At the age of 25, having grown up in Kansas, I had never seen the ocean. Once I had committed myself to moving to France, the choice of making the passage on a coal freighter became evident. It was the same price as a plane ticket. Plus there were no excess baggage charges so I could bring my bicycle and the equipment necessary to process my film.

When I told William Burroughs of this he instructed me to take a dense book, "A Russian novel, Tolstoy or Dostoyevsky. Read 'The Brothers Karamozov'."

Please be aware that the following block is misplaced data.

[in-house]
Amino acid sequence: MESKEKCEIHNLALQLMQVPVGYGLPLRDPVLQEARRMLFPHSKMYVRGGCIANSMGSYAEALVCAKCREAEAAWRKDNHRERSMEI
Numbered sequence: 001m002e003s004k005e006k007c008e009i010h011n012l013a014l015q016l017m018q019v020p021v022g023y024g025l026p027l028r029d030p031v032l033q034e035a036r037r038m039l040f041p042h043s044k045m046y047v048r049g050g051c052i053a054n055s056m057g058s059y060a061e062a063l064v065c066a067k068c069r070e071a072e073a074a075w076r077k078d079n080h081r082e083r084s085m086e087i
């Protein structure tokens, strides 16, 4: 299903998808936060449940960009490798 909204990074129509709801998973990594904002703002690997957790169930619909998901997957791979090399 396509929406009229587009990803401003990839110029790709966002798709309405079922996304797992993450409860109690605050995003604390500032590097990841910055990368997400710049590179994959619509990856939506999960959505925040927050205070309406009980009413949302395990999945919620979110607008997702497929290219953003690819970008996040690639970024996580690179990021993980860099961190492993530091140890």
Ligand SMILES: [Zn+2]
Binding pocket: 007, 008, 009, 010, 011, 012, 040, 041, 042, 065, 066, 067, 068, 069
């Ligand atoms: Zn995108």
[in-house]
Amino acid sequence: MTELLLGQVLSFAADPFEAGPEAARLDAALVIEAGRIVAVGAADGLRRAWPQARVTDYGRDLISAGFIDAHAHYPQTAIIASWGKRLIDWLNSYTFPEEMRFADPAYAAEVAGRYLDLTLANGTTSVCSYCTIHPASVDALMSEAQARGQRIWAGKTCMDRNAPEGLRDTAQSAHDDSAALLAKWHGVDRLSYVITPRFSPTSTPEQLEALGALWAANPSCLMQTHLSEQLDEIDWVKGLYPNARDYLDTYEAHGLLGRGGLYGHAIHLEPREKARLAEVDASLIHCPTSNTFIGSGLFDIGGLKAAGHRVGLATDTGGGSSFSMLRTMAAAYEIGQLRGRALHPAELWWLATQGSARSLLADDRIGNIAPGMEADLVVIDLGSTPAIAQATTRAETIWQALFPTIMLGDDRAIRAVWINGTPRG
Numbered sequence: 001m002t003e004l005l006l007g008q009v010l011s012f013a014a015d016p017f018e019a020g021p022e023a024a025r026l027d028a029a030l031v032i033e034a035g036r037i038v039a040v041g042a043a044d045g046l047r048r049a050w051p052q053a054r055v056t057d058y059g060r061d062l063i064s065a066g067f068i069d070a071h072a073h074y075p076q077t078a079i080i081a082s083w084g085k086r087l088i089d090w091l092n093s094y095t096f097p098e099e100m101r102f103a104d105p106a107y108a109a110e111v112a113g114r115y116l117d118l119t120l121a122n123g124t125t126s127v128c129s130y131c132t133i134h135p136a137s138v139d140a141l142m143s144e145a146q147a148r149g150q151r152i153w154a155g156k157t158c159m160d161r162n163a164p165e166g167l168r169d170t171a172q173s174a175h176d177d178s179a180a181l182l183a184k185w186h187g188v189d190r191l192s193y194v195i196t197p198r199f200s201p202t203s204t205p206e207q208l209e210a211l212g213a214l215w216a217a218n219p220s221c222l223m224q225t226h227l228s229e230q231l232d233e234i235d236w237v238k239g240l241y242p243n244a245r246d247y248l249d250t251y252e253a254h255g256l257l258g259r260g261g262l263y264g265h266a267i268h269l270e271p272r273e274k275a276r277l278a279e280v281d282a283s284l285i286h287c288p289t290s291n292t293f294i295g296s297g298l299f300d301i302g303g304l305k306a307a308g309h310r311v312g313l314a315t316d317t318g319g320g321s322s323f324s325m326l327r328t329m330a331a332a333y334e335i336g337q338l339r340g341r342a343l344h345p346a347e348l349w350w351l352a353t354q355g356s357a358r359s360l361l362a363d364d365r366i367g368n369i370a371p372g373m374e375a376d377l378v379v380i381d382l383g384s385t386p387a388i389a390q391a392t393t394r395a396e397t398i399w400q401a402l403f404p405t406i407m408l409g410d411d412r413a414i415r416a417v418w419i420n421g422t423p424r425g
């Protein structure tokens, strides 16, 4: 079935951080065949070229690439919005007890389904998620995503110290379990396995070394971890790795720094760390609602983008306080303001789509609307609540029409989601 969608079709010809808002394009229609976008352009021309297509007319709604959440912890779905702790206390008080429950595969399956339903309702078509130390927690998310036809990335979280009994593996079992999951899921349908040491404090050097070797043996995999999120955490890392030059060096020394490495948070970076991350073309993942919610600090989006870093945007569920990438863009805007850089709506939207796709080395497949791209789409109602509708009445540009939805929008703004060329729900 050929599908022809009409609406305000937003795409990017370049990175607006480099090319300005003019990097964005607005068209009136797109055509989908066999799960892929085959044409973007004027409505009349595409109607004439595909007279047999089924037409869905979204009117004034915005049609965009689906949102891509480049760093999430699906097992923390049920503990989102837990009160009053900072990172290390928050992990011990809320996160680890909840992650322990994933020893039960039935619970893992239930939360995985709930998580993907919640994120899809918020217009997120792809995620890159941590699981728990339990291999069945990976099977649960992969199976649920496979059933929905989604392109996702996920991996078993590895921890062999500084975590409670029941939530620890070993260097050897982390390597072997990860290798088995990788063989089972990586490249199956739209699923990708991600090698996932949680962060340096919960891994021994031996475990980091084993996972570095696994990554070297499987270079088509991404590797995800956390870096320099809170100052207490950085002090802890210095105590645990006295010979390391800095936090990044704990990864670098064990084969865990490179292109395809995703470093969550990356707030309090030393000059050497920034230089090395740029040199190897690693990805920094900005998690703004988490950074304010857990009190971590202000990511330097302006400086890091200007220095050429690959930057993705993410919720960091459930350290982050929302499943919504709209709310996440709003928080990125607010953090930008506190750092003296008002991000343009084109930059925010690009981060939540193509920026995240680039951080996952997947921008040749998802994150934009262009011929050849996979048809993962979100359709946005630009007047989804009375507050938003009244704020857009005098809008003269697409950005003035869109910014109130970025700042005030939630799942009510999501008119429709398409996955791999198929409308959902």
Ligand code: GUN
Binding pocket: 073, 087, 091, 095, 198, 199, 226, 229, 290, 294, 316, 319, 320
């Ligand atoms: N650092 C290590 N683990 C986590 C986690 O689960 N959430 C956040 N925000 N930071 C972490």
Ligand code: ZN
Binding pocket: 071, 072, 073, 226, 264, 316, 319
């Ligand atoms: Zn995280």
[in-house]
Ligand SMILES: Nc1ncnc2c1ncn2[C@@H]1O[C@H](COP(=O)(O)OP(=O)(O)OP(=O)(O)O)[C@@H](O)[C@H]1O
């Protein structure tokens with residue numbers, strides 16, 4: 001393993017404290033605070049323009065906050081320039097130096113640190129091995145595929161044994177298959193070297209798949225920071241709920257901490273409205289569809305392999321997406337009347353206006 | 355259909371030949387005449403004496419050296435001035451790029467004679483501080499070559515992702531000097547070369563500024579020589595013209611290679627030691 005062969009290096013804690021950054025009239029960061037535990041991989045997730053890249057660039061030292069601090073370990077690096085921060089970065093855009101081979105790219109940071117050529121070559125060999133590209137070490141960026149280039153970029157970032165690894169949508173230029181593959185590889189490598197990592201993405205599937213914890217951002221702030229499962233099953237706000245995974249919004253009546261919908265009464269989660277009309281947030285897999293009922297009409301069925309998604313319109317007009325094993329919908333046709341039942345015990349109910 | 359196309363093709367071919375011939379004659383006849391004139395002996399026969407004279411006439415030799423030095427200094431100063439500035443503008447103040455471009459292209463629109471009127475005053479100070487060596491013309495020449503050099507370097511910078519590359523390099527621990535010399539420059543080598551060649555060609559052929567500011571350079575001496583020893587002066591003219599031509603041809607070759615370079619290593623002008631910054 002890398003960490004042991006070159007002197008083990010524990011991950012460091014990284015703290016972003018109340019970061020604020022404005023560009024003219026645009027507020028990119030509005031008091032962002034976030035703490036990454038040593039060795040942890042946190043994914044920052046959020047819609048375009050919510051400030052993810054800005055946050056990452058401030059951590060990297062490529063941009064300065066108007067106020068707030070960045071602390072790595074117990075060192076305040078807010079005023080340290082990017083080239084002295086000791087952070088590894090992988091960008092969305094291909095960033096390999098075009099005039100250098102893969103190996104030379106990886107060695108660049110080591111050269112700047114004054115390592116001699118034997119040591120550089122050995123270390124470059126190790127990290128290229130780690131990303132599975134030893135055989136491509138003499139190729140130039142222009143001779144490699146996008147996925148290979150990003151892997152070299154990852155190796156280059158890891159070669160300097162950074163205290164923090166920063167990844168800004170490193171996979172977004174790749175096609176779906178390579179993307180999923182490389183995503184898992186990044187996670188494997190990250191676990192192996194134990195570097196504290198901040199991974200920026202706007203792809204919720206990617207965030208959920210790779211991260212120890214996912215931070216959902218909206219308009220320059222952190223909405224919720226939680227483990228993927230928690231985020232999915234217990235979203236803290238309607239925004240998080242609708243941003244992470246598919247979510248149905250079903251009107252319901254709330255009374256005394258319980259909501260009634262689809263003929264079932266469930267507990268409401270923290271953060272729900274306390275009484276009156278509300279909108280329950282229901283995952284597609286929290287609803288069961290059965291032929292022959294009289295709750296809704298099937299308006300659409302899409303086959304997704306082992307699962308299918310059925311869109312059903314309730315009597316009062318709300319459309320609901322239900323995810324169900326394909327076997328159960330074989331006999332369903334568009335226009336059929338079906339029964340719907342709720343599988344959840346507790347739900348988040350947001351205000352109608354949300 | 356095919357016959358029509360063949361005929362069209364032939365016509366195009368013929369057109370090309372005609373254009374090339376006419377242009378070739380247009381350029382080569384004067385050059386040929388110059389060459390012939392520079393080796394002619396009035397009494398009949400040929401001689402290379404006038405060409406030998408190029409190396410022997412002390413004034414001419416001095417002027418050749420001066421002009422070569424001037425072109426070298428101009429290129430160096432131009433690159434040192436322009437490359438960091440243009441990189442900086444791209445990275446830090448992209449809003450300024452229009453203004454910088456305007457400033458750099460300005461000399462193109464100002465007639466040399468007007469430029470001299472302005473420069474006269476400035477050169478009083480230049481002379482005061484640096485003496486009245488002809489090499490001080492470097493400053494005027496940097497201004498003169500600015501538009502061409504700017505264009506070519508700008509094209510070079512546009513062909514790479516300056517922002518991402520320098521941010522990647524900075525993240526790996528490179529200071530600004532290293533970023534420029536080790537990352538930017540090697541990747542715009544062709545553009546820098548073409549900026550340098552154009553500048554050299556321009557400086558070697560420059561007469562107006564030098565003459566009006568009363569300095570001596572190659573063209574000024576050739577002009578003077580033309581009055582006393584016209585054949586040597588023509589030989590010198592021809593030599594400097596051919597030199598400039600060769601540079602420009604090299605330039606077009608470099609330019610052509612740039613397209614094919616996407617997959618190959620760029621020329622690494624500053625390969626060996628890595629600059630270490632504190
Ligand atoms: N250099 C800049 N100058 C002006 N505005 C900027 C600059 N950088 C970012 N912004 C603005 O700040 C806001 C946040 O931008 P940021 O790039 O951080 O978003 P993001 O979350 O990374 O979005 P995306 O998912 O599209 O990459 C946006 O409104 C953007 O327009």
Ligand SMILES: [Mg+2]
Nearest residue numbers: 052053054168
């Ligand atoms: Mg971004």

I awoke before dawn, as the Dora Oldendorff was sailing east out of U. S. territorial waters on the second day of the trip, and read this:

"A true realist, if he is an unbeliever, will always find the strength and the ability not to believe in a miracle, and if faced with a miracle as an undeniable fact, he will sooner disbelieve his own senses than admit the fact. And if he does admit it, he will admit it as a natural fact hitherto unknown to him. In a realist faith does not arise from a miracle, but the miracle from faith." -Fyodor Dostoyevsky, from "The Brothers Karamozov"